Five years after former President Edgar Lungu signed the Constitution Bill at the national Heroes Stadium at a ceremony that attracted thousands of Zambians, demands for a new Constitution are slowly emerging.

When Mr Lungu assented to what he described as a people-driven Constitution on Tuesday 5 January 2016, he said in his speech that the constitution amendment bill had addressed a variety of issues, including demands by citizens to have the president elected by over 50 per cent of the valid votes cast and the provision of a running mate to a presidential candidate.

He said the constitution amendment bill had removed the uncertainty surrounding the date of elections. National elections are now held on the second Thursday of August in an election year.

He also said that Zambians would know in advance the successor of the Republic President through the running mate should the office of the President fall vacant for one reasonor another.

Mr Lungu further observed that the constitution amendment bill would enhance political stability, a prerequisite for attracting increased levels of investment and improving the business environment in general.

But it seems Zambians must brace themselves to walk the same road again and expect to produce different results.

The debate about whether or not Zambia needs to revise its constitution is slowly gaining momentum and those demands are increasing.  

“In my view, we need a new constitution in order to redesign the state to make it responsive to the needs of the people,” said Dr O’Brien Kaaba, in a recent interview with News Diggers.

He said: “The current constitution, as we saw in the last few years, is incapable of disciplining and limiting government and serving as the moral sail of the country for various reasons.”

His argument is that “the quality of a constitution is not dependent on the merit of individual provisions considered in isolation, but the culture of constitutionalism and national ideology it generates in practice”.

Dr Kaaba who is also lecturer of law at the University of Zambia believes the current constitution ineffectively deals with many fundamental constitutional issues such as under-representation of women and youths in government and that it pays a blind eye to ethnic diversity and inclusion.

He said the current constitution hardly deals with fundamentals of administrative justice, leaving citizens at the mercy of outdated common law doctrines.

“Institutions that support democracy such as the office of the Public Protector are poorly designed and wrongly clustered with institutions such as the prison commission which serve fundamentally different purposes, the judiciary and legislature continue to be marginalised and dominated by the Executive and the electoral process is not inclusive but designed to enhance polarisation by entrenching a winner-take-all outcome,” he said.

Zambians have been on the same path before, including the recent process that was initiated by late president Michael Sata in 2011.

Mr Sata appointed a technical committee comprising 20 eminent Zambians to draft a constitution. The committee was given 12 months in which to conclude its work and released the first draft first draft for public scrutiny in April 2012.

But a distinguished Zambian legal academic, Muna Ndulo, professor of law at Cornell Law School in the United States, had cast doubts on the credibility of the process.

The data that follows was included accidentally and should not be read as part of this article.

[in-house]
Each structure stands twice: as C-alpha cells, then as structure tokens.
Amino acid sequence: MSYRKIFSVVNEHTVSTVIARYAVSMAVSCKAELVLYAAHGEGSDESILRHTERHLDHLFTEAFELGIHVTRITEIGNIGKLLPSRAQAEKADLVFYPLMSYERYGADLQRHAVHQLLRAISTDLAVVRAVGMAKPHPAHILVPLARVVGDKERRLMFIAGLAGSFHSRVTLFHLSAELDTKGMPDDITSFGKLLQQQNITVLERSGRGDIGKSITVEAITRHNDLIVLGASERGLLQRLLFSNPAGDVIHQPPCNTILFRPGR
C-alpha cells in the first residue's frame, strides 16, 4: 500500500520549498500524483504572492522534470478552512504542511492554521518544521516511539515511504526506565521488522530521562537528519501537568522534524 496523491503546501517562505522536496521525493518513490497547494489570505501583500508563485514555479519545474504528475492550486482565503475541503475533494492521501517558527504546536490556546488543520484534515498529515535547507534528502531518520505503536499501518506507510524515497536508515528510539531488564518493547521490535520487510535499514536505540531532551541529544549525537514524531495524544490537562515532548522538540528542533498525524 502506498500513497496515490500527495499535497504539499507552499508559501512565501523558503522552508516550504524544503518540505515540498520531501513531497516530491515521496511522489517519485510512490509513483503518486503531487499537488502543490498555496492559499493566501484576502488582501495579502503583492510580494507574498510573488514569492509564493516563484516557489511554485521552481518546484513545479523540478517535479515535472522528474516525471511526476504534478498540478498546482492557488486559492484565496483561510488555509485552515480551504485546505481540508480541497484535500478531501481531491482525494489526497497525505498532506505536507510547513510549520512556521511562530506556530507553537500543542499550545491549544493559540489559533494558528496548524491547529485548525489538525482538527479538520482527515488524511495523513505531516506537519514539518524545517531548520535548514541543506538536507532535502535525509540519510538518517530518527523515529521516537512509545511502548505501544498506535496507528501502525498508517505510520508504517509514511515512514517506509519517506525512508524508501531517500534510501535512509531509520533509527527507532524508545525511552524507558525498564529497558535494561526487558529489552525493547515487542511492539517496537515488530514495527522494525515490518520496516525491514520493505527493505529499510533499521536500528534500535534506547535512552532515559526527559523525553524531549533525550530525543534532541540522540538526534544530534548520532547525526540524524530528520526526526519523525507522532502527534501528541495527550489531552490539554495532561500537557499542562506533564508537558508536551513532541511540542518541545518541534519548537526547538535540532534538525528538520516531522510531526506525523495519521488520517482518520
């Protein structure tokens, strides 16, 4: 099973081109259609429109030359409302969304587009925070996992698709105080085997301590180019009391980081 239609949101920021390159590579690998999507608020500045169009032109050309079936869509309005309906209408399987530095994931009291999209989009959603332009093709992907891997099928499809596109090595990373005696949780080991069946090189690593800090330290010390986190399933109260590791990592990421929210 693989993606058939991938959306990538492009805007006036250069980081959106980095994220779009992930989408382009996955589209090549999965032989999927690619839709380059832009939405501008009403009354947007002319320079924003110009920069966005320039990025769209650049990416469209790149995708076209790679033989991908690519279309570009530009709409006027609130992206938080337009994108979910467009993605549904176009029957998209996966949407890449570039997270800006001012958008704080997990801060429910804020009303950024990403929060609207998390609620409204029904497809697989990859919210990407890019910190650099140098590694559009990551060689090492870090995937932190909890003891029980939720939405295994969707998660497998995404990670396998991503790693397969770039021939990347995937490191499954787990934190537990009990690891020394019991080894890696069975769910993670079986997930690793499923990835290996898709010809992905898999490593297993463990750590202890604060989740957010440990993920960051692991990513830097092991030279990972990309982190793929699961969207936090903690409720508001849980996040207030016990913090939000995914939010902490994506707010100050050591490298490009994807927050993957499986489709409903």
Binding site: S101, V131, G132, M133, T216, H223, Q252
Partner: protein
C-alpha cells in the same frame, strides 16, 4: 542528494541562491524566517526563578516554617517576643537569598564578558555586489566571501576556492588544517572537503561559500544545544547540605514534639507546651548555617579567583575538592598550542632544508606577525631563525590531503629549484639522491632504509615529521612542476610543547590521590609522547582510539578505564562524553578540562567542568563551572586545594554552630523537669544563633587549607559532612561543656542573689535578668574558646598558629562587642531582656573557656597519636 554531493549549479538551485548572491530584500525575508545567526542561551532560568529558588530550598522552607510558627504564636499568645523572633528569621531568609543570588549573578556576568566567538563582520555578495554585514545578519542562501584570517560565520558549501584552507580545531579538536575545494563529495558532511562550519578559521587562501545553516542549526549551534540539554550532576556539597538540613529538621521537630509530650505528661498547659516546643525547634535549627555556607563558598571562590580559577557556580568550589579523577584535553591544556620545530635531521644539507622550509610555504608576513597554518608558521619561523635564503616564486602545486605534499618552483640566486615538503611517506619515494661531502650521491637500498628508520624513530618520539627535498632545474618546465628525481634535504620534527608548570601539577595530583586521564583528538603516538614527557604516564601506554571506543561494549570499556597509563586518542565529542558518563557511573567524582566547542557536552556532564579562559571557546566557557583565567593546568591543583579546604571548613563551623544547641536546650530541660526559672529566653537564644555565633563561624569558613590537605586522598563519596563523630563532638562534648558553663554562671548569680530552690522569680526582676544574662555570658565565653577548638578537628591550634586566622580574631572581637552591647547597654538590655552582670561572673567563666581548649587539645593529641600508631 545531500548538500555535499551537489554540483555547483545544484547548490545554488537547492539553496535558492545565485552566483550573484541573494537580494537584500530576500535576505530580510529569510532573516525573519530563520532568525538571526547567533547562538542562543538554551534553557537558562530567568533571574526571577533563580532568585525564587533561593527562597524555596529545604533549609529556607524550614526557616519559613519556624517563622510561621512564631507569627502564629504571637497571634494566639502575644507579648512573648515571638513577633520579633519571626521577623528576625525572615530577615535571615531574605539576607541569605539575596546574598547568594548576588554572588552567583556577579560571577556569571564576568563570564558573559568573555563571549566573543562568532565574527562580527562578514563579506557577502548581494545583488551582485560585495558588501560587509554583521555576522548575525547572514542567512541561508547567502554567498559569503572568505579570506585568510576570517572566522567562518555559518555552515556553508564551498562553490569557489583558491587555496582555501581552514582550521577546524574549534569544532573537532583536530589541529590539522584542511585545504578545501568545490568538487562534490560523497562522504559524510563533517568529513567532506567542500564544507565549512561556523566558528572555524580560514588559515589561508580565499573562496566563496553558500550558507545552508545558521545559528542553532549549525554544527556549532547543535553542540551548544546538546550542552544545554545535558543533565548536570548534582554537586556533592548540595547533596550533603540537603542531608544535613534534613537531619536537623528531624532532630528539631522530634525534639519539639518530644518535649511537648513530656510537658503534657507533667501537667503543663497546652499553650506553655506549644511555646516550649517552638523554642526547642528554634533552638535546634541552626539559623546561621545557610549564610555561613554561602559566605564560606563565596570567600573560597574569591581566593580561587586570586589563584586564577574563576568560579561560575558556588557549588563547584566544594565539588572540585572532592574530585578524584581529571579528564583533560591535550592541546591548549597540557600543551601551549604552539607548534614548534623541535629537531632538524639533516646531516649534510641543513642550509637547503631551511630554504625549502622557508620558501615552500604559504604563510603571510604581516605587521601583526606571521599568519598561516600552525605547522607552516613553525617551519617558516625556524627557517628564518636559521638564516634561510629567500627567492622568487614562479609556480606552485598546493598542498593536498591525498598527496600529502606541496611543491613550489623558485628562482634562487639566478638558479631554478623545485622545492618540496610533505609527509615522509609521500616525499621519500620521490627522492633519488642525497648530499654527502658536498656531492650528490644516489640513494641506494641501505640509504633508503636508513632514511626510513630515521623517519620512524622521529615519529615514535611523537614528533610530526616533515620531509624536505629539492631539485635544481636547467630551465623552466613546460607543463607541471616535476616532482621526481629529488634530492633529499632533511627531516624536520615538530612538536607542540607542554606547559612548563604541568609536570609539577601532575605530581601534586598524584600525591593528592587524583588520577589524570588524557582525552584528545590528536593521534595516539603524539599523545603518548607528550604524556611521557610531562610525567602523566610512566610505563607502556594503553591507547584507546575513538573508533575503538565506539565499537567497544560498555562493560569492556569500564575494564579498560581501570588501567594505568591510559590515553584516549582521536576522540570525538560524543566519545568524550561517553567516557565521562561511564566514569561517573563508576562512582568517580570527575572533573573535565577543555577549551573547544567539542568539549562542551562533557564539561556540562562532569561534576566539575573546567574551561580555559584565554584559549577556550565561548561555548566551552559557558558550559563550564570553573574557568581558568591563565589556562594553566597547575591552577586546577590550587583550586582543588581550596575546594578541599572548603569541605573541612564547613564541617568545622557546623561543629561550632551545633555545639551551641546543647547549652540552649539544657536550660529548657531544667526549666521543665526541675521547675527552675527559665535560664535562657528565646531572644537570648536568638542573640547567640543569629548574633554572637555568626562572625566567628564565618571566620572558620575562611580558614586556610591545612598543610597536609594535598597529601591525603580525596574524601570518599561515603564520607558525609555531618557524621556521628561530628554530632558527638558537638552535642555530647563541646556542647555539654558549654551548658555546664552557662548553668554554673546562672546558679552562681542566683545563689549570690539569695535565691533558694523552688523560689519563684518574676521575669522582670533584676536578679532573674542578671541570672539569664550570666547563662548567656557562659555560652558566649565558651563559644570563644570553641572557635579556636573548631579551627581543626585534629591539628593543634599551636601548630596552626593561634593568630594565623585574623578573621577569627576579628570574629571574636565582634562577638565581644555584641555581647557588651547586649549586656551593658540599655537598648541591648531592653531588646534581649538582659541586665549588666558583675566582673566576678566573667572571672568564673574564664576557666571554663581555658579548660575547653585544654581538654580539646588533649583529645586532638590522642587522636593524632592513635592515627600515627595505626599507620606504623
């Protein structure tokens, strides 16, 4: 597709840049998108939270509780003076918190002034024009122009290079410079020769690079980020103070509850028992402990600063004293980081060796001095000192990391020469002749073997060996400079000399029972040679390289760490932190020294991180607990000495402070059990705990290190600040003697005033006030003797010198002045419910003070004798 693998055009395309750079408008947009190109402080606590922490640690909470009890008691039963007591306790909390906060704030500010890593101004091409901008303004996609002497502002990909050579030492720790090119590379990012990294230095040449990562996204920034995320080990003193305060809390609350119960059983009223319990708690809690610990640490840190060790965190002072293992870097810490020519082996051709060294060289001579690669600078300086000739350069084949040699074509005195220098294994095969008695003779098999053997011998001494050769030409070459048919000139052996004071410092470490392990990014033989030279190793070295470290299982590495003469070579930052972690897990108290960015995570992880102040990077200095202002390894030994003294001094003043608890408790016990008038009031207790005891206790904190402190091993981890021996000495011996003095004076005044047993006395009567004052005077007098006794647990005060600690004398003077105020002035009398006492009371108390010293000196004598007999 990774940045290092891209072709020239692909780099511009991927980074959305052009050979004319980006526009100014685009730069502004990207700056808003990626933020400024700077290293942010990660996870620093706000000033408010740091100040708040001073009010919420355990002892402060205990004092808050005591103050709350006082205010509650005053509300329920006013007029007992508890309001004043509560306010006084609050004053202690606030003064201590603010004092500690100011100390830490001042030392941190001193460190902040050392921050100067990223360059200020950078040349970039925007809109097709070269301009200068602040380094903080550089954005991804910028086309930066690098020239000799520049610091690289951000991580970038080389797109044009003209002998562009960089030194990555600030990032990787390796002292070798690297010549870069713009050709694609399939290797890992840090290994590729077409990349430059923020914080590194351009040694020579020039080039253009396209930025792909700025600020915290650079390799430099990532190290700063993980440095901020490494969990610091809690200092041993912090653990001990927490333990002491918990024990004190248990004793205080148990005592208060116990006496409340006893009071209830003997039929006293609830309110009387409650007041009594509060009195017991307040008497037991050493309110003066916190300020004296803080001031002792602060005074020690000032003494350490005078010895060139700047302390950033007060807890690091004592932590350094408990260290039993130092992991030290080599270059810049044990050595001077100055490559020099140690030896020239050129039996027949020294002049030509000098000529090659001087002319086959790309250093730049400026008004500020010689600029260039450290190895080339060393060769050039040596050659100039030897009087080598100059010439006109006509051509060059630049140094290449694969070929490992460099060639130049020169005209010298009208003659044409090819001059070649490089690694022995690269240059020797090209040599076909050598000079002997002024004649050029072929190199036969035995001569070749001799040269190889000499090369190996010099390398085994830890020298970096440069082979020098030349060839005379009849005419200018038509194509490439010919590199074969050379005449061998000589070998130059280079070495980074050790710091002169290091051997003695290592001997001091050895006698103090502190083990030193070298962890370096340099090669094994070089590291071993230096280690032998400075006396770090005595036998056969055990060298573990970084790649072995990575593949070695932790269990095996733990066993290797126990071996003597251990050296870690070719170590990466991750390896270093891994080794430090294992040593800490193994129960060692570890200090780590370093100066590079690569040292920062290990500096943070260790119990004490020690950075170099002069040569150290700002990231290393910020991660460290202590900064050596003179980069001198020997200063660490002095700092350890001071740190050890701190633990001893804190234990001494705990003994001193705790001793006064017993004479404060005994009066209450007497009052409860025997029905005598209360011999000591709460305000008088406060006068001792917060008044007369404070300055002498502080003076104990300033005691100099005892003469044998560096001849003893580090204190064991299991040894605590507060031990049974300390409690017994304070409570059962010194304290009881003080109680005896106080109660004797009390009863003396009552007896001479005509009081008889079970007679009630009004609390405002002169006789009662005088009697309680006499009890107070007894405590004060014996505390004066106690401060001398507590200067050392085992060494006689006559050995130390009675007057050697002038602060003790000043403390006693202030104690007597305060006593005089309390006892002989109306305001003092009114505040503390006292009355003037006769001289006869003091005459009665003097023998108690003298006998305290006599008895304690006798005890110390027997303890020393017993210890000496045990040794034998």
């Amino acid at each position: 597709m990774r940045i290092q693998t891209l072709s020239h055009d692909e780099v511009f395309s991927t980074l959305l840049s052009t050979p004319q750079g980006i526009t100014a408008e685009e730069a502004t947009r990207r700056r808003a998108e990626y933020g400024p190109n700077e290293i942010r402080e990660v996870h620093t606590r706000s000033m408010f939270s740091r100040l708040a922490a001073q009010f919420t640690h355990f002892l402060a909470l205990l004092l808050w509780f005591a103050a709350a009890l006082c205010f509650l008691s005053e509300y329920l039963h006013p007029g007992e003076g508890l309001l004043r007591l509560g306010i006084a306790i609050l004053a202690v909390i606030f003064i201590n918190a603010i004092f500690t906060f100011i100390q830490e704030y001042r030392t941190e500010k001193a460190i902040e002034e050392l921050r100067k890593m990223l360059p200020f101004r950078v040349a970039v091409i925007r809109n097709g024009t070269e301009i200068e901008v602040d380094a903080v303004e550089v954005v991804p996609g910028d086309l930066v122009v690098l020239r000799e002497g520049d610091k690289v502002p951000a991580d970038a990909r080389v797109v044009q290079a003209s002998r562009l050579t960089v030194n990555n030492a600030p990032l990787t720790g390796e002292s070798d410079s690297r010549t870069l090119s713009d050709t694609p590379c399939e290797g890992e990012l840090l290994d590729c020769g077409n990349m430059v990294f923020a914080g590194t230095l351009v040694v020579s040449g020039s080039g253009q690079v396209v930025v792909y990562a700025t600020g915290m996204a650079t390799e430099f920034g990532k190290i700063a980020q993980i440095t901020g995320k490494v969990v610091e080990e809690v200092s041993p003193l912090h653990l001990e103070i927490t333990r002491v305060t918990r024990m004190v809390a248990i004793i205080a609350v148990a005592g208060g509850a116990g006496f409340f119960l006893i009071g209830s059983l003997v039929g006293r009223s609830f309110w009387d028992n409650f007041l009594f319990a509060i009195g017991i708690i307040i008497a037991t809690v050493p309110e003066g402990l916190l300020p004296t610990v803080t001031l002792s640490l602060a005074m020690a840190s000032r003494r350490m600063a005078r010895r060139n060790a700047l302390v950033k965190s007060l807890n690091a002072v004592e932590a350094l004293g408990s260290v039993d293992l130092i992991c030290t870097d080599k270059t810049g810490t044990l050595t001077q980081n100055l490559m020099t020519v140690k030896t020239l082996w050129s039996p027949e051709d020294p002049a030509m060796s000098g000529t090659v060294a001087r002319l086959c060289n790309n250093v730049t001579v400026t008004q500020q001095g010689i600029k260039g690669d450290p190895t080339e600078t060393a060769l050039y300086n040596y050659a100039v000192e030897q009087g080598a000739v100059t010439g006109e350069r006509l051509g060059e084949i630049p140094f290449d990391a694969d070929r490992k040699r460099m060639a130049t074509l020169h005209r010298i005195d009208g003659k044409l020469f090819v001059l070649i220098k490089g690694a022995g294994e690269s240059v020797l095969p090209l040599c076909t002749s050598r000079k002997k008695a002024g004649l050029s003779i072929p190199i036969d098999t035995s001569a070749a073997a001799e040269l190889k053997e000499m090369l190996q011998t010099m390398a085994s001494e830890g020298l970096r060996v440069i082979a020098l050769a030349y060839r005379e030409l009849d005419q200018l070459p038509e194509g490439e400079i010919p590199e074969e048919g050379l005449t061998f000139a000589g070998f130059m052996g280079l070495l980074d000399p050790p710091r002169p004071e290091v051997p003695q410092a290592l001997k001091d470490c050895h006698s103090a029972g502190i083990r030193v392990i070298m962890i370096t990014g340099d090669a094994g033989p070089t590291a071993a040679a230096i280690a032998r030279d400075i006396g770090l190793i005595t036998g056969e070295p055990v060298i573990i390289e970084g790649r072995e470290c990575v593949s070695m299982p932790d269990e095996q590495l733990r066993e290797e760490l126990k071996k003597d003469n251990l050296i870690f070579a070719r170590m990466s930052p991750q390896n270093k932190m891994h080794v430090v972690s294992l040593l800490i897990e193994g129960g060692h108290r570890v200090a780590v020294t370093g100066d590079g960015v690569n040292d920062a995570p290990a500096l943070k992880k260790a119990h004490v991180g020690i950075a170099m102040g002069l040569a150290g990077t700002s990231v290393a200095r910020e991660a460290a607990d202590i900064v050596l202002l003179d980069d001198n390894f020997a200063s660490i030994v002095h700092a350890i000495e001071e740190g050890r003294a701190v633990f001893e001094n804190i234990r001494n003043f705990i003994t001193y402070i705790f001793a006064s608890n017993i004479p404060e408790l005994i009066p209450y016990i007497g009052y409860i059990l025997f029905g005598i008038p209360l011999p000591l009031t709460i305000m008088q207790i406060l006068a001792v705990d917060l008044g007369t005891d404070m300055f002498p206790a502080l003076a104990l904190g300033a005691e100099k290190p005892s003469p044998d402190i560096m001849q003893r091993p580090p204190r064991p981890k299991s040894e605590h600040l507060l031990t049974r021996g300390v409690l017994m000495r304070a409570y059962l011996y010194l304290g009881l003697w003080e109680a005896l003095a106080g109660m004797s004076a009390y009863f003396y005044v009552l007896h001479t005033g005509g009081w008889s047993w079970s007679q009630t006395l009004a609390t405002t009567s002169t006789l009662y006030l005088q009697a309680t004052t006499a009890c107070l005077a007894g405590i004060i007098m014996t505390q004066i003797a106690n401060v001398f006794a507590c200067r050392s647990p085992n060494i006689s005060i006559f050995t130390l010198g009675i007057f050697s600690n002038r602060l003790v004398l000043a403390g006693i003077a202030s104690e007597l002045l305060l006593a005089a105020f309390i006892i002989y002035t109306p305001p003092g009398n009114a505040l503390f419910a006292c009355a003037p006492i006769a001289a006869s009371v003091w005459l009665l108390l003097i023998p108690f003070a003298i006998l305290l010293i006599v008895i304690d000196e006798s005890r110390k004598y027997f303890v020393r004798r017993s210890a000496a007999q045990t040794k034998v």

Professor Ndulo helped to draft the constitutions of South Africa, Zimbabwe, Kenya and Afghanistan. He worked in Johannesburg between 1992 and 1994 as chief legal and political adviser to the United Nations. Ndulo holds a master’s degree in law from Harvard University in the US and a doctorate from Trinity College, Oxford, in the United Kingdom, however has never been invited to take part in any of Zambia’s several constitution-drafting processes.

In May 2012, Prof. Ndulo was visiting Zambia told a group of Catholic student priests at St Dominic’s Major Seminary in the Zambian capital, Lusaka, that Mandela’s selflessness had ensured that the constitution-making process was a great success.

“I remember him walking into a discussion at Kempton Park … and he said: ‘You guys are working on the constitution, please do one thing – don’t draw an ANC constitution. You are here to draw a South African constitution. We can discuss policies after that. Please look at the larger picture.”

One of the main reasons for why the South African constitution process succeeded, Prof. Ndulo said, was because people talked. “There was a debate for one year just about what do we want to do. So they said: ‘We want to have a non-racial society, yes, we want a society that is not sexist.’

And those principles were drawn and then adopted by legislation.”

Prof. Ndulo added: “If you look at the Zambian process, we don’t have a legal framework within which we have been doing things. We had commissions … and you see the problem with the commissions is that you report to the president and after that you have no control.”

Experts say most successful constitutions were those in which there was a complete separation of powers between the three arms of government – legislative, executive and judicial.

Dr Kaaba said the process must be insulated from manipulation by a legal process and that credible people are chosen to lead the process.

“It is important that the persons who lead the process are experts in constitutional law and are chosen for their competence rather than party affiliation or social stature,” he said.  

Photo: National Assembly of Zambia: Mr Lungu Assenting to the 'People-Driven Constitution'